Even in 2010, there continue to be widely circulating myths and misinformation about cancer. How often do you receive an email, often claiming to be from Johns Hopkins (which it is not), saying that hair dye or antiperspirants or plastic containers cause cancer. Do you still hear that cancer can be contagious? (When I first began to work in this field, I remember patients reports that, at parties, everyone else got a wine glass, and they were given a plastic cup.)
Note especially,below, the comments about strengthening one's immune system (impossible), the impact of positive thinking (good for your quality of life, does nothing to cancer), and the danger of eating sugar (not true). I have highlighted those sections.
Here is a nice summary of common myths from ASCO's Cancer Net:
Last Updated: March 26, 2010
A vast amount of information about cancer is available through the Internet and other sources. However, many things you hear from websites, chat rooms, and conversations with friends are inaccurate. Check with your doctor or another credible medical source to verify the accuracy of the claims you hear or read.
Common cancer myths—some of which have existed for years—include the following:
General cancer myths
The number of people diagnosed with and dying from cancer is increasing.
Actually, the number of new diagnoses of all cancers combined decreased steadily between 1999 and 2006, and the number of deaths from all cancers combined decreased steadily between 2001 and 2006, according to the most recent study by the National Cancer Institute, the National Institutes of Health, the Centers for Disease Control and Prevention, the American Cancer Society, and the North American
Association of Central Cancer Registries. More people with cancer are now living longer lives with a better quality of life due to early diagnosis, lifestyle changes, and better treatment options.
If you are diagnosed with cancer, you will probably die.
Cancer is not a death sentence. There are many effective treatments. In fact, more than 60% of people with cancer survive five years or more after the initial diagnosis. Learn more about survival statistics.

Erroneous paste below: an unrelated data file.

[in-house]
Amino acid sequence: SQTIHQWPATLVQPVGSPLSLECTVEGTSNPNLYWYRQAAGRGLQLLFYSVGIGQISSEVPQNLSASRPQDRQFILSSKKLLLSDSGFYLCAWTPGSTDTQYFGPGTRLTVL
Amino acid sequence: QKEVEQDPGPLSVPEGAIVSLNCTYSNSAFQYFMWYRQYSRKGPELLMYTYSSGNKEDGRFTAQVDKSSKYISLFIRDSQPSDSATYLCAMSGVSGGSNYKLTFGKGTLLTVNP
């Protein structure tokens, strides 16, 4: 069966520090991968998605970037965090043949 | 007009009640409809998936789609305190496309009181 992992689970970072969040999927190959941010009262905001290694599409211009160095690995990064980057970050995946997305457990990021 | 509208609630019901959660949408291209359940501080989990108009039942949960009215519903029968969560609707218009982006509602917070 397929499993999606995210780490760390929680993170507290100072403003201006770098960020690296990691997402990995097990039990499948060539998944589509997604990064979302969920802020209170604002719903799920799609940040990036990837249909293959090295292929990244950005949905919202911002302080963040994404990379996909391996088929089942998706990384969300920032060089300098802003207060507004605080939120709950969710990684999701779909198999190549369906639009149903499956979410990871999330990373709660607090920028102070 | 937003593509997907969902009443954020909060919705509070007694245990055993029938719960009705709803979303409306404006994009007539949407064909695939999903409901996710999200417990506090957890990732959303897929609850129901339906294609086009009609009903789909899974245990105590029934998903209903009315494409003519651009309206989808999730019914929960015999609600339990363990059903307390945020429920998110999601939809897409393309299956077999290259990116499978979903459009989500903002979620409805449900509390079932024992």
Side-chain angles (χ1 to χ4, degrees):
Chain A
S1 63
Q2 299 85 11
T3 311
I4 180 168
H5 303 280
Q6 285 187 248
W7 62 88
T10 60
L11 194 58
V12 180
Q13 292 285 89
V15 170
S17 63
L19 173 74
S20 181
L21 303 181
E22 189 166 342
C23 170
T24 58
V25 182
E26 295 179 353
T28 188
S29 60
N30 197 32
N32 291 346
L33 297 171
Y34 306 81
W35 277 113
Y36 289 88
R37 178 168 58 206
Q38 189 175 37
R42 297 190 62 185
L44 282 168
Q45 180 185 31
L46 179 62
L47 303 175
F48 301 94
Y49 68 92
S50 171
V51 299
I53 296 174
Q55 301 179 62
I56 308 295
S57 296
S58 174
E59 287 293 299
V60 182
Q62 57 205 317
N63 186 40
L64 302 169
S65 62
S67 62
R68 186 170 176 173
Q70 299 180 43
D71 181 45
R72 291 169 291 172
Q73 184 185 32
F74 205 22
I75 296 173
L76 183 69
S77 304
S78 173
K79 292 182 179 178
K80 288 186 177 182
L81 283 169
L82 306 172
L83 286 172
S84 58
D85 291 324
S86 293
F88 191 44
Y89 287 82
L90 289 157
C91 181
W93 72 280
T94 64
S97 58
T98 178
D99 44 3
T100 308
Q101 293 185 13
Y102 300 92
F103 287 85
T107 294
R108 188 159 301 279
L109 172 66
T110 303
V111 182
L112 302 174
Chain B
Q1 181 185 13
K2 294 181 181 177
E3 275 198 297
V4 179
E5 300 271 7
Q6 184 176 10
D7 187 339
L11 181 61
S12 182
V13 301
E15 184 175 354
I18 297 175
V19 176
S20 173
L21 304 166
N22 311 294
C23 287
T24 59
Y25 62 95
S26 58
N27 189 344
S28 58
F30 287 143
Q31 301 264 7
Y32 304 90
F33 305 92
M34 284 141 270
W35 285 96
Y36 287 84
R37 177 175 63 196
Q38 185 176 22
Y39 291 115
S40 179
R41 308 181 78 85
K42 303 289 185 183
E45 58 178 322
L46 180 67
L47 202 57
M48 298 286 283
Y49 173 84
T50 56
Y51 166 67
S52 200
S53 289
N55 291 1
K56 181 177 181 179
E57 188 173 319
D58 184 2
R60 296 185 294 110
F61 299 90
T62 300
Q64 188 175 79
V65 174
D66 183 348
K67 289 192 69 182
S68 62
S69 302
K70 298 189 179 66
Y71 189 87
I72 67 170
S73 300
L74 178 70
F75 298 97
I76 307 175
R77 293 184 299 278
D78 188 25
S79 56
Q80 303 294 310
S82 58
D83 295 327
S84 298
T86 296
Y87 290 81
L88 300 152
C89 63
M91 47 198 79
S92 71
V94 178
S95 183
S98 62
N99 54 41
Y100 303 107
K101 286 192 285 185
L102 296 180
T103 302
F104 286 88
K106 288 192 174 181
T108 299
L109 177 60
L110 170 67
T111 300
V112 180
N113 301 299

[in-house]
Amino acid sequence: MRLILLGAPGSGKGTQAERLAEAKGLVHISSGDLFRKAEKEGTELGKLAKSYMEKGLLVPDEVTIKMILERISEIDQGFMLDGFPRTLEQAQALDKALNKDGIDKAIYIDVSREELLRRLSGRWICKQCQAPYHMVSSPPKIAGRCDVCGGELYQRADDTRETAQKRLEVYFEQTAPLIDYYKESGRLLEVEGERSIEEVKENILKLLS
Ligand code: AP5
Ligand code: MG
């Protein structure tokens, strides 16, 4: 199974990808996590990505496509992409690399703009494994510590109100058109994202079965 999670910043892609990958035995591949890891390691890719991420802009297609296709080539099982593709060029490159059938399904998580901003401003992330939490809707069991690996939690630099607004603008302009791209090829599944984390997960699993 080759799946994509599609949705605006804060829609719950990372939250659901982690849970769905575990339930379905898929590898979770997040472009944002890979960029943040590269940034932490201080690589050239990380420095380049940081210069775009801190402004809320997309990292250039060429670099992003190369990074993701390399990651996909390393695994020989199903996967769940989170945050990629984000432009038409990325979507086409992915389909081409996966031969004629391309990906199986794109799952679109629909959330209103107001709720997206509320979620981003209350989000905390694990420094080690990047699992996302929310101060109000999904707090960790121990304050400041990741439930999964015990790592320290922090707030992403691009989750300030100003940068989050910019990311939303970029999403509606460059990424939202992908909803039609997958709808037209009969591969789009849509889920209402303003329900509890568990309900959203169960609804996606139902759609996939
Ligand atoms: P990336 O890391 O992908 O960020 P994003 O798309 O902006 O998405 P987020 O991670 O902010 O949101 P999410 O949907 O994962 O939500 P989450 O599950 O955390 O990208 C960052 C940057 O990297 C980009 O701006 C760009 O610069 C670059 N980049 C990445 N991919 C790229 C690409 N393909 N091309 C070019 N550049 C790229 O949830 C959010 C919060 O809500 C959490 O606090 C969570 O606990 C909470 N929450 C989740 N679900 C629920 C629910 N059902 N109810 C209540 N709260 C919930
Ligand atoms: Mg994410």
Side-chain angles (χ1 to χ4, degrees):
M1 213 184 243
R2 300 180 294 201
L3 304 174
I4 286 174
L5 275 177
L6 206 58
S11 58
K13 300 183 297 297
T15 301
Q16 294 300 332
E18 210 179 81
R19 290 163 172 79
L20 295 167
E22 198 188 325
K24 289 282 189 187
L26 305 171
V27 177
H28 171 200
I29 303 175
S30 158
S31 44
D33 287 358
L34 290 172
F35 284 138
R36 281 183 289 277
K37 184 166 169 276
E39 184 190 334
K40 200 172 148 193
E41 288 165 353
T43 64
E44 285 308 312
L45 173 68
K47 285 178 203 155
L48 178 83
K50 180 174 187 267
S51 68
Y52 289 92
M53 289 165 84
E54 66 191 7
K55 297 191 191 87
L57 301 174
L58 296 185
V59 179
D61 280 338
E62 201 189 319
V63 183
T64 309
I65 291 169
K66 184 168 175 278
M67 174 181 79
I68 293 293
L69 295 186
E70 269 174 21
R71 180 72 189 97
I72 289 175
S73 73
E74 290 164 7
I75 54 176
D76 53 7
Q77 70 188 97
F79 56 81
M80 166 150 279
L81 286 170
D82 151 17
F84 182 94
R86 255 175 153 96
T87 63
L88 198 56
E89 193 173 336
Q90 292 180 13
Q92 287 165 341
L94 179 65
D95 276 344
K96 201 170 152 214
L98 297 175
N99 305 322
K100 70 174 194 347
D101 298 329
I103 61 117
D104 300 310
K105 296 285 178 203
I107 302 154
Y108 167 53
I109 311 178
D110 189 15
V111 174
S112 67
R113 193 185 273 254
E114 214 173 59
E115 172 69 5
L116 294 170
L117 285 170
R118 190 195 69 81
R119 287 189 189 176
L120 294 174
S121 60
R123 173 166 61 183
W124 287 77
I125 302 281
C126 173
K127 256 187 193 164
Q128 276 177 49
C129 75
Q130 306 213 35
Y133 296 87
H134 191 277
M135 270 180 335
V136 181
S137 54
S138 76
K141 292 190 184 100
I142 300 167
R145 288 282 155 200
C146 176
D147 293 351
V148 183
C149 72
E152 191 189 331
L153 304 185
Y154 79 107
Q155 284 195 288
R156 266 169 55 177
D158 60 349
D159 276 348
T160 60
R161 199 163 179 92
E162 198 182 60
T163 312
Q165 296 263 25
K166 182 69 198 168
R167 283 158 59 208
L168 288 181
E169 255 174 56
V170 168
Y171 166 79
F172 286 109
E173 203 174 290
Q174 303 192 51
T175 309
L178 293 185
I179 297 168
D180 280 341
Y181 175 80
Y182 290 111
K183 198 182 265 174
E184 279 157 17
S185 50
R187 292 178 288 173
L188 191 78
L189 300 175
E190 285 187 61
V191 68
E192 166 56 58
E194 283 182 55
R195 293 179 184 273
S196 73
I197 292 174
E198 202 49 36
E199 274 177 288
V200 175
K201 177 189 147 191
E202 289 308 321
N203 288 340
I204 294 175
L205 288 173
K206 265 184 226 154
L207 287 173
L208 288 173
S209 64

Myths about developing cancer
Cancer is contagious.
No cancer is contagious (capable of spreading from person to person through contact). However, some cancers may be caused by viruses. The human papillomavirus (HPV) is a sexually transmitted disease that can increase the risk of cervical, anal, and some types of head and neck cancers. Meanwhile, hepatitis B and hepatitis C—viruses transmitted by infected intravenous needles and sexual activity—can increase the chance of liver cancer.
If a parent has cancer, then his or her child will develop cancer.
All cancer is due to genetic changes, but not all the genetic changes come from a family member. In fact, only 5% to 10% of cancers are hereditary (from a family member). Most cancers happen after a person acquires multiple mutations (changes in the genetic code, or DNA) from tobacco, sunlight, radiation, or other factors, some of which probably have not been identified yet. And having an inherited gene mutation does not mean you will definitely develop cancer, it just means you have an increased risk of
cancer. Another common myth suggests that hereditary gene mutations responsible for breast or ovarian cancer in some women can only be inherited from the mother's side. However, the most common gene mutations, BRCA1 or BRCA2, can be passed down from either the father or mother. Learn more about cancer genetics and hereditary cancer-related syndromes.
Hair dyes and antiperspirants can cause cancer.
To date, there is no conclusive scientific evidence that these items increase the risk of developing cancer. Some studies have suggested that hair dyes used before 1980 could be linked to an increased risk of non-Hodgkin lymphoma, but the unsafe chemicals have since been removed from hair dye products.
There is limited and inconsistent evidence that hair dye can increase the risk of other cancers. Meanwhile, some research suggests skin may absorb aluminum-based compounds—the active ingredient in antiperspirants—and cause hormonal effects, which has led some to believe that antiperspirants could contribute to the development of breast cancer. However, there is no good evidence to support that claim.